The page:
Transit Leaf Switch Guidelines
Transit leaf refers to the leaf switches that provide connectivity between two sites. Transit leaf switches connect to spine switches on both sites. There are no special requirements and no additional configurations required for transit leaf switches
The key benefits of stretched fabric include workload portability and VM mobility.The stretched ACI fabric behaves the same way as a regular ACI fabric, supporting full VMM integration. For example, one VMWare vCenter operates across the stretched ACI fabric sites. The ESXi hosts from both sites are managed by the same vCenter and Distributed Virtual Switch (DVS). They are stretched between the two sites.
The ACI switch and APIC software recover from various failure scenarios. Check out the failover scenario analysis for details.
Tags: ACI, APIC, Border leaf, Nexus 9000 Series Switches, stretched ACI Fabric, Transit leaf, WAN
Our 2013 IT Impact Survey highlighted the importance of collaboration between business leaders and IT as trends like BYOD, data center consolidation and Cloud applications put more pressure on the network. Why collaborate? The survey highlighted that 34% of application roll outs over the prior 12 months were delayed because of not enough budget. You would think that if applications were a priority IT would be given sufficient budget to make sure the network was ready to handle the extra traffic. Unfortunately, according to Nemertes, most organizations’ WAN budgets will remain flat or decline in 2015, meaning that adding bandwidth is often not an option for IT. So how can you do more with less?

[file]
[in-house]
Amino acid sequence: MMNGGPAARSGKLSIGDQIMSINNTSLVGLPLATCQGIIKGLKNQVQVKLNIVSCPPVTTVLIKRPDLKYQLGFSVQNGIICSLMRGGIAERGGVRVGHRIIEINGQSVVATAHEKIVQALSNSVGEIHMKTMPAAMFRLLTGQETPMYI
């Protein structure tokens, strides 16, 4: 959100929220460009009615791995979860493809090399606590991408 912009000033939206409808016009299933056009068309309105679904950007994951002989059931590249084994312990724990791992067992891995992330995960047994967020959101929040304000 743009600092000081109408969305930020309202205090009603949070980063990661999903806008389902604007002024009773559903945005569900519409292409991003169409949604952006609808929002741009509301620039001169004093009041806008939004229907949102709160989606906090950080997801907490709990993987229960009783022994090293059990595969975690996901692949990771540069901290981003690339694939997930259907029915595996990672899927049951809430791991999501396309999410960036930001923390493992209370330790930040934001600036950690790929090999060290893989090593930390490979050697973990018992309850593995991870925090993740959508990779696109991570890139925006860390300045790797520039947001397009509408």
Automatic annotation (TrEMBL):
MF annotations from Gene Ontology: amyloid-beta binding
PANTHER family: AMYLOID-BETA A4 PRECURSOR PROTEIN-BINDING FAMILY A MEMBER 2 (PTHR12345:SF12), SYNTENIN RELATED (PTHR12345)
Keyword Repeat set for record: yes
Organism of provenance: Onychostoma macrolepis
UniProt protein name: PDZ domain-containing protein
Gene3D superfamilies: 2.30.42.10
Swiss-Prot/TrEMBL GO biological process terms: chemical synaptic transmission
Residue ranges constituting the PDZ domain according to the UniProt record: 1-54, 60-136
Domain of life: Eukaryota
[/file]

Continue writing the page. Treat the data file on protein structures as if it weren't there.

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Tags: branch, hybrid WAN, Intelligent WAN, ISR, ISR 4000, IWAN, WAN
Network customers have always bought networks for one and only one reason: to run their applications over them. Yet for most of that time, those networks have been largely oblivious to the composition of the network traffic they carried. Traditional network tools could tell you whether your network was having a lot of errors, or whether a given link or interface was congested, but they couldn’t tell you what was congesting your network, beyond the limited granularity of a few well-known ports. Finding out that you’ve got a lot of HTTP or HTTPS is not very helpful in finding out whether you’re swamped by personal traffic that needs to be controlled, or by legitimate business traffic that requires an increase in effective bandwidth.
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Tags: bandwidth, Cisco Application Experience, InfoVista, IWAN, managed services, network, routing, vodafone, Vodafone Application Visibility and Control, WAN